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Music 121 Week 4 Lecture Notes

by: Jamie Bynum

Music 121 Week 4 Lecture Notes Music 121

Marketplace > University of Alabama - Tuscaloosa > Music > Music 121 > Music 121 Week 4 Lecture Notes
Jamie Bynum

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About this Document

These are the notes from the lecture given by Dr. Bailey on September 8, 2016. The title of the lecture was "The Baroque Era".
Introduction to Listening
Dr. Bailey
Class Notes
Music, Baroque
25 ?




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This 7 page Class Notes was uploaded by Jamie Bynum on Friday September 9, 2016. The Class Notes belongs to Music 121 at University of Alabama - Tuscaloosa taught by Dr. Bailey in Fall 2016. Since its upload, it has received 8 views. For similar materials see Introduction to Listening in Music at University of Alabama - Tuscaloosa.


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Date Created: 09/09/16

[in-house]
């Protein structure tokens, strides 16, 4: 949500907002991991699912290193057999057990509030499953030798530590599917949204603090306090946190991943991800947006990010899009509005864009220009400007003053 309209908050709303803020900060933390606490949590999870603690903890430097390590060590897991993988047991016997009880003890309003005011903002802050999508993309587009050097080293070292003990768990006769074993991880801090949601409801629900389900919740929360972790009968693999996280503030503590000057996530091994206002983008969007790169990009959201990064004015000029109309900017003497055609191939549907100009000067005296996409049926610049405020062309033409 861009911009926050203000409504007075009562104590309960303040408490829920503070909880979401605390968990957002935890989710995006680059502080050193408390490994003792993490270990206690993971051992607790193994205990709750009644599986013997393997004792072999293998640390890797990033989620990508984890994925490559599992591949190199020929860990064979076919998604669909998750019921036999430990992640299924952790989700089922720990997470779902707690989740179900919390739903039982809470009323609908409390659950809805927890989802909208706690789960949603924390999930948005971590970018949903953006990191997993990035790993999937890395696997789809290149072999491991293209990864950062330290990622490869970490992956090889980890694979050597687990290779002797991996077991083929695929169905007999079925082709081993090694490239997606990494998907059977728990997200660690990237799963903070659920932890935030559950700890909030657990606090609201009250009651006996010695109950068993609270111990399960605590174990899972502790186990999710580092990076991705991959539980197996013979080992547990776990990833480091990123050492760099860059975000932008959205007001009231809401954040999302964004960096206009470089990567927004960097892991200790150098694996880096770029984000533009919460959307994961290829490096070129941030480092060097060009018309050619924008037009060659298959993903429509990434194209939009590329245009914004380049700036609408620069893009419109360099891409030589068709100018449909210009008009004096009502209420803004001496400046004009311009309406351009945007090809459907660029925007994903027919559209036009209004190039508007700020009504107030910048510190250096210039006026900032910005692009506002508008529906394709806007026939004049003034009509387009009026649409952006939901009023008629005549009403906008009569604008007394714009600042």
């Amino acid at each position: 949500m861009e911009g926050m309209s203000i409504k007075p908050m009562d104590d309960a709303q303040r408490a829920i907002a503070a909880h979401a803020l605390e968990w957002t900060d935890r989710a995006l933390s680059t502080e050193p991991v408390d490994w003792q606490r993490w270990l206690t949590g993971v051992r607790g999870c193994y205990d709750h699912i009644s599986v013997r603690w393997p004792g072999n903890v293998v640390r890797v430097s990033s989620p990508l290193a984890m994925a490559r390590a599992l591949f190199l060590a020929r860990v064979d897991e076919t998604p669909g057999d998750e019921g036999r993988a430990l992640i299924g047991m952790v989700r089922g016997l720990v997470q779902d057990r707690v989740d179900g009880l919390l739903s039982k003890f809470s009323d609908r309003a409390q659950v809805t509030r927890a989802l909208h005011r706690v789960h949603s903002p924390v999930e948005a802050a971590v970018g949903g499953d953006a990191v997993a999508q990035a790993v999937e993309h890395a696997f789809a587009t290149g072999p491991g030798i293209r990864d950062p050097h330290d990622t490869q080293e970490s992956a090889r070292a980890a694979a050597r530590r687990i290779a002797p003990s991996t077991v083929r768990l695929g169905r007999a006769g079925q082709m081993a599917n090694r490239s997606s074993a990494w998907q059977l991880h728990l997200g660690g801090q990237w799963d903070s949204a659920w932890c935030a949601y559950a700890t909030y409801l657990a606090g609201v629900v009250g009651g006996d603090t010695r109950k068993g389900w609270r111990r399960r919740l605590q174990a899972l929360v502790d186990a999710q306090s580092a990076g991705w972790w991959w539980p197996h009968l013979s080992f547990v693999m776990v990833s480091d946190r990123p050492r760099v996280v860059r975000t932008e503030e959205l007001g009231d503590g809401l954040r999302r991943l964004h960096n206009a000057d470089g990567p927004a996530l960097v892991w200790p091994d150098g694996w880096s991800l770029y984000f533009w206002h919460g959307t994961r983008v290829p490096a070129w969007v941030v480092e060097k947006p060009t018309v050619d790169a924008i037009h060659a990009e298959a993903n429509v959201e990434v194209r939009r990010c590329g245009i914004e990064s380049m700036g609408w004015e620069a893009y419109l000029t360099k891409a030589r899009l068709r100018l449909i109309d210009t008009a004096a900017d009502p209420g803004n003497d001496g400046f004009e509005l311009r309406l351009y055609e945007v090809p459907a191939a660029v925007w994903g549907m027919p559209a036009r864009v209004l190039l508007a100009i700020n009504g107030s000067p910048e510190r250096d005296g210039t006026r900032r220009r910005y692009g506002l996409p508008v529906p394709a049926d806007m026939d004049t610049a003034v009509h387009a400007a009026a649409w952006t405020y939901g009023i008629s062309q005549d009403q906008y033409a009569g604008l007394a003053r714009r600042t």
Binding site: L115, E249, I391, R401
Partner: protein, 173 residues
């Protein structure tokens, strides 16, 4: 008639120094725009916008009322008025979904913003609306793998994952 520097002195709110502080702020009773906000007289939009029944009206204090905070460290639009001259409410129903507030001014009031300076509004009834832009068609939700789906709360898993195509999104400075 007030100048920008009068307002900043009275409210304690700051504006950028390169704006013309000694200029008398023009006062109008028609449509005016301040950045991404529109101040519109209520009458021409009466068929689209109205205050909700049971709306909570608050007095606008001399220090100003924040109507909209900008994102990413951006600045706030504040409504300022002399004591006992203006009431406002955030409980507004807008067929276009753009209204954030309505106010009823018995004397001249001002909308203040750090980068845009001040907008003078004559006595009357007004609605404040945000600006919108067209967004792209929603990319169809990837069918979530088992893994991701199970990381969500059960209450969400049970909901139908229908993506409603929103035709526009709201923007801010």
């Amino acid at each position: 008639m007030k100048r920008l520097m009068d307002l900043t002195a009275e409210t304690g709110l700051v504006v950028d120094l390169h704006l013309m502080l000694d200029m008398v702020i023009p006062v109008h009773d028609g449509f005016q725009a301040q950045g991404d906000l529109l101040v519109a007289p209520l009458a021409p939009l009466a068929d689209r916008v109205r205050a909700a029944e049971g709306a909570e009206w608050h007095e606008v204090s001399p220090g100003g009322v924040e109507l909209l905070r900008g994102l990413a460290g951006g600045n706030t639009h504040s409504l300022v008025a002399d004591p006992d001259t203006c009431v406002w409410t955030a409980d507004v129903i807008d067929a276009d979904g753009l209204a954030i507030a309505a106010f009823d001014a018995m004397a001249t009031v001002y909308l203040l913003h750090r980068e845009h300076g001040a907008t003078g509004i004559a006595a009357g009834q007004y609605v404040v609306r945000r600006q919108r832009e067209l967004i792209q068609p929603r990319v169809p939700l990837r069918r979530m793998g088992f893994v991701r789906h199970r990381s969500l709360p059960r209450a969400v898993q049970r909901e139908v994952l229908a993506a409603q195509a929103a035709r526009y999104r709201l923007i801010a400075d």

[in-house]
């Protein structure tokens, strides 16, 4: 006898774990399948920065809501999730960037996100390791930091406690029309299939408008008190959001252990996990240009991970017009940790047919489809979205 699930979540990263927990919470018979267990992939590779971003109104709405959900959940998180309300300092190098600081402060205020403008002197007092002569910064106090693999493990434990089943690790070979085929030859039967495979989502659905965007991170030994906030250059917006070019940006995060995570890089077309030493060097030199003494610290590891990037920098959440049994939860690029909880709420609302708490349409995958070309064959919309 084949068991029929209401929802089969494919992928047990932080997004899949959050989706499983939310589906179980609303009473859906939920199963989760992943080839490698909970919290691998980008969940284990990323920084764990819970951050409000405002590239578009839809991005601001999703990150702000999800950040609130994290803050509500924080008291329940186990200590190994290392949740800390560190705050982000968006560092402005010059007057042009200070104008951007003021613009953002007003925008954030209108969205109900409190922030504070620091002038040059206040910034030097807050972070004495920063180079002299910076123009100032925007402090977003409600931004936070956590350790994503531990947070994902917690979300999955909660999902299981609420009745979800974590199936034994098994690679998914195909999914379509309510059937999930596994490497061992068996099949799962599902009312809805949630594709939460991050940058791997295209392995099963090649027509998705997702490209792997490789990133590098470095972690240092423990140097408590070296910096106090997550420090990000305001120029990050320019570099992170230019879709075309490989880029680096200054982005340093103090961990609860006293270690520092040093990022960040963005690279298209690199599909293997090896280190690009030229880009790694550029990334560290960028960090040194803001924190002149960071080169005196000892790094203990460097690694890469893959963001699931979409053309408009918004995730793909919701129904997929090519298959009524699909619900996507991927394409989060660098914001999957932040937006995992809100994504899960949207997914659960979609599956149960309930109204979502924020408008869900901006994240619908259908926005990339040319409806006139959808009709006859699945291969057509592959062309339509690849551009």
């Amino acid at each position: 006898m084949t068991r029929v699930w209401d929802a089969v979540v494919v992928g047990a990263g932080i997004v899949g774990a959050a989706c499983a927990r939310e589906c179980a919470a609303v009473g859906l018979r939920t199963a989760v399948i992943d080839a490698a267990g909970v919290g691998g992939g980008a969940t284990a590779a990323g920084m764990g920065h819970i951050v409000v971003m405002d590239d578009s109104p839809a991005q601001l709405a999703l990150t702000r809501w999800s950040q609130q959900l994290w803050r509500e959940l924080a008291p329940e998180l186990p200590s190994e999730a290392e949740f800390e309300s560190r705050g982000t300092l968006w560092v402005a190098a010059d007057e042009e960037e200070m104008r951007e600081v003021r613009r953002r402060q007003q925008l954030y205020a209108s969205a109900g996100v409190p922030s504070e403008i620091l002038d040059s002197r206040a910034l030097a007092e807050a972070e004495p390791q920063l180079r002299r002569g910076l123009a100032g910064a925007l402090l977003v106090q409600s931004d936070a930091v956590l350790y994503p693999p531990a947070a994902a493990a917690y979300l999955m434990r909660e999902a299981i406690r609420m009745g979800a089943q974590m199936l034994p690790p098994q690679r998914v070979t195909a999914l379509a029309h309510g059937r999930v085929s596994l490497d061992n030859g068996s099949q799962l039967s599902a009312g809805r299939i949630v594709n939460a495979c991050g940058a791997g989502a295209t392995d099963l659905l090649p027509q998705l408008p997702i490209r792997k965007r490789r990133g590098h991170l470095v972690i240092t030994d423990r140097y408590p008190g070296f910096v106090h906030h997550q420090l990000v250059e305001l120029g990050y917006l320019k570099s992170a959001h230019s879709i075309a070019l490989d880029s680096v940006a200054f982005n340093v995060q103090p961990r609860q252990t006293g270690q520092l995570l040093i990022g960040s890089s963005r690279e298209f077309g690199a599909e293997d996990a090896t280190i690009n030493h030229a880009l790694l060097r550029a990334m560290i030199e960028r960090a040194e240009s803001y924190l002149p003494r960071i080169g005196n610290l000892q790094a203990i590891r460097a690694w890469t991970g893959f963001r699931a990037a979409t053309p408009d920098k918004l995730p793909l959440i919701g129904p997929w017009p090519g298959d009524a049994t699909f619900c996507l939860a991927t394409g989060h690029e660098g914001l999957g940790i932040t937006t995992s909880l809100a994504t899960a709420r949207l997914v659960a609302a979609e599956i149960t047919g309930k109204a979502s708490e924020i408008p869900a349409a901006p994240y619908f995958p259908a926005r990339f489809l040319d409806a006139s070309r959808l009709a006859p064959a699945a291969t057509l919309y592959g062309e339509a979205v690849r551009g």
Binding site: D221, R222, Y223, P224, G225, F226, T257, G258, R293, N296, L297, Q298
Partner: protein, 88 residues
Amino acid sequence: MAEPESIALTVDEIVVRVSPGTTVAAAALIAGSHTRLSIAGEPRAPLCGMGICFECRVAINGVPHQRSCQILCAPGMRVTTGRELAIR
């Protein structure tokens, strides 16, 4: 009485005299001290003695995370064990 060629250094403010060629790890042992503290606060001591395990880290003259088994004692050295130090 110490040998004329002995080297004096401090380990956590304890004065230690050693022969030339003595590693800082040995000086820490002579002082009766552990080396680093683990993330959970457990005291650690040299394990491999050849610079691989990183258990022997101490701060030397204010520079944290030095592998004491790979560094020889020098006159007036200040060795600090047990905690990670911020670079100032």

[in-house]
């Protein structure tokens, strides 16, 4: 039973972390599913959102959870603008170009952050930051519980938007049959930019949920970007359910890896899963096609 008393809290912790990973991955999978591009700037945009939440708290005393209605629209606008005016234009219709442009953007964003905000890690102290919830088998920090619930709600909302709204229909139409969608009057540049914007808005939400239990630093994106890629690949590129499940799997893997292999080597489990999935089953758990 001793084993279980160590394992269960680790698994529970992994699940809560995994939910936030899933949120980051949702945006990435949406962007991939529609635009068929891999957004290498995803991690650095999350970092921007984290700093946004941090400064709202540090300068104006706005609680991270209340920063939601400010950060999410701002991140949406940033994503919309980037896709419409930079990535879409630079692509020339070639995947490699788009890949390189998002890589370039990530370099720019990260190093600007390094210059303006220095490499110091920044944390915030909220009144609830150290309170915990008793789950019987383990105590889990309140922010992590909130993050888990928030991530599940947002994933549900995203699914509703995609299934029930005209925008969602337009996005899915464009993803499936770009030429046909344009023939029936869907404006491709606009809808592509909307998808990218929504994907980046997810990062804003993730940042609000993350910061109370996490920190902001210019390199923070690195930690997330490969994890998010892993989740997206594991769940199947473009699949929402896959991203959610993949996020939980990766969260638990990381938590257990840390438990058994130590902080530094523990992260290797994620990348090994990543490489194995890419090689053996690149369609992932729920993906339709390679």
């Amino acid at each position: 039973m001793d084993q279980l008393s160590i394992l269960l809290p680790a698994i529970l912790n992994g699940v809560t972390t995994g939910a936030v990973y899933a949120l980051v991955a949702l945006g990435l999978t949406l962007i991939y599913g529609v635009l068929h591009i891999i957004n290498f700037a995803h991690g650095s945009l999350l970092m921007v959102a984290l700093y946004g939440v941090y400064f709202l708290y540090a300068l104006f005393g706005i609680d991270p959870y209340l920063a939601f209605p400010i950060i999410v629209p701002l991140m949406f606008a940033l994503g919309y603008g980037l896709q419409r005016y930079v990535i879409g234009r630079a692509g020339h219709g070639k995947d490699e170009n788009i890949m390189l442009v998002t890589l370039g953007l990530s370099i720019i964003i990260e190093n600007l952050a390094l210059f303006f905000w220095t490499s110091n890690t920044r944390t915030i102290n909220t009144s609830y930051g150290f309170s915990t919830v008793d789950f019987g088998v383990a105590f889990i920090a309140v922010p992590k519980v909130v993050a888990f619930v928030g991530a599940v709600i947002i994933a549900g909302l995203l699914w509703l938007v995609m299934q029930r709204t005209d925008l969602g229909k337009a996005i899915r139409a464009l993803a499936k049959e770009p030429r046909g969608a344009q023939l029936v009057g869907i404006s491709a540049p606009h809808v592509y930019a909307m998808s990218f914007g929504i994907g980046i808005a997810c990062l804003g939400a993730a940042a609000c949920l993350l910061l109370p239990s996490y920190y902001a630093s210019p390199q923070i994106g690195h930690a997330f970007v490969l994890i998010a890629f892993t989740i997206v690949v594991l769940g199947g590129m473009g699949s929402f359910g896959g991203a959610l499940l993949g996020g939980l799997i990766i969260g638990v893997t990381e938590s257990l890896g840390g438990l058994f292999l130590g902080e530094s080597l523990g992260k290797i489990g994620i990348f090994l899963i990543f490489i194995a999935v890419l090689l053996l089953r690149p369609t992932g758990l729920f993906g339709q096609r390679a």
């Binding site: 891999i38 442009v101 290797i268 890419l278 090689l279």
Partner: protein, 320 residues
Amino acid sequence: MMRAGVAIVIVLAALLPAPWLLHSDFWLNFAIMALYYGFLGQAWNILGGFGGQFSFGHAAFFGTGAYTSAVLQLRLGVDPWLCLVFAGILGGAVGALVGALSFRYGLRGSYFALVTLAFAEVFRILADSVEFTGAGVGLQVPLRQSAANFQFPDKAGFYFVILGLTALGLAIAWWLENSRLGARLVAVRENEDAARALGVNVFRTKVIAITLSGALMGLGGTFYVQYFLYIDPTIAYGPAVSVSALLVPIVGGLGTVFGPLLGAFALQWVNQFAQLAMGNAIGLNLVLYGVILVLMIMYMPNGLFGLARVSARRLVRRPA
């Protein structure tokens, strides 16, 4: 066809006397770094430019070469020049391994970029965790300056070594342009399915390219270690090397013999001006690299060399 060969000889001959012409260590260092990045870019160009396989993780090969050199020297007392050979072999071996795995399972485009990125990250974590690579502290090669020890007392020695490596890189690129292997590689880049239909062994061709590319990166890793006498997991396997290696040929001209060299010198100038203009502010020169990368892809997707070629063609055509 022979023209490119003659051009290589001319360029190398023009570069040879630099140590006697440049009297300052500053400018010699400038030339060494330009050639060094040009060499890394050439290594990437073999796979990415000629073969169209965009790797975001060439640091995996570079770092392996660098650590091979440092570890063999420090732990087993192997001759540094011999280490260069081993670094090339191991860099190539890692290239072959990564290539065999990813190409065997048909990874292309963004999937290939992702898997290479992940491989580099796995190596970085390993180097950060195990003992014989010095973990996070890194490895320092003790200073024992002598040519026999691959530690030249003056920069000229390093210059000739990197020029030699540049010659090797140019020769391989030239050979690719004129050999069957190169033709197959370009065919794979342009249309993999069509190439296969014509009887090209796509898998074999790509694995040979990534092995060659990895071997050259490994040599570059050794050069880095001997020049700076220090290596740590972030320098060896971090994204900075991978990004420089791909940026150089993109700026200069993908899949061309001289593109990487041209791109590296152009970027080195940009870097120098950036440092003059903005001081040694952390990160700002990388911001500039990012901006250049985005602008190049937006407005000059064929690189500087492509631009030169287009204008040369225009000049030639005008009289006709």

Lecture: Baroque Music September 8, 2016 Professor: Dr. Bailey *1600-1750* Name “baroque” borrowed from the art style, which is considered over the top and ornate • Music mainly enjoyed by the wealthy - Private patronage in court system (dukes, lords, etc.) Sacred music still important, but composers begin to shift • toward secular music • Italy, particularly Venice, was the main center of music - Political power and wealth - Other areas active towards end of era Musical Features: • Rhythm - Tempos stable throughout a composition - Repetitive rhythmic patterns organize a composition • Melody - Short fragments of melodies (motives) • Texture - Mostly polyphonic; shifts towards homophonic by era’s end • Dynamics - Limited ranges *Terraced dynamics changing levels in a non-gradual manner • Emotional Connection - Shift to tonal music evoked emotional response (one key used per piece or vocal movement) • Form - Clearly defined sections with repetition more common - Ritornello form (“return form”): main theme returns after statements of new music ****Almost everything in baroque era is based on Ritornello form • Instrumental and vocal music flourished with new genres Baroque Opera: • Camerata (“Fellowship”) - Group of noblemen, artists, and academics in Florence - Wanted to authentically revive Ancient Greek drama • Spoken drama intensified with addition of music - Originally used mixture of speech and singing to project in amphitheaters *Recitative: Mixture of speech and singing in opera to advance plot *Aria: full singing that develops dramatic situation; “song” • Monophonic texture developed into simple homophonic texture - Words easily understood - Emotional connection to get heightened with harmonic support • Claudio Monteverdi: Bridge from renaissance to baroque - L’Orfeo: 1st opera that survived in its entirety * Written for Duke of Mantua (Private patronage) * Established opera expectations Overture (instrumental prelude) Aria/Recitative structure • Opera became more elaborate and complex as era progressed but kept basic aria/recitative structure Baroque Oratorio: • Uses aria/Recitative format like opera, but more budget-friendly productions - No acting, costumes, lighting, staging, etc. Performed in the Oratory (Oratorio) of a church • - Most are sacred, but secular also existed • Like Renaissance madrigals, started in Italy then became popular in England by Era’s end George Frideric Handel: • German composer who lived majority of life in England • Began as successful opera composer • Turned to oratorios after financial troubles with the Royal Academy of Music (English opera company) • Today considered one of the most important composers of oratorio ever • “The Messiah” (1741) - best known oratorio today - Mixture of overture, arias, recitatives, and choruses (Like in opera) Baroque Cantata: • Small-Scale oratorio • Typically sacred, but could be secular • Used in church services to develop on lesson of the day - Ends with Chorale (hymn) for choir and congregation • Johann Sebastian Bach - Gifted organist and composer - Best-known composer of cantatas (well over 300) * Many have been lost - Cantata No. 140 “Wachet auf” * Most widely performed today * Text flexible to use as multiple times of year * Seven movements: Chorale, fantasia, recitative, arias, chorus, closing chorale


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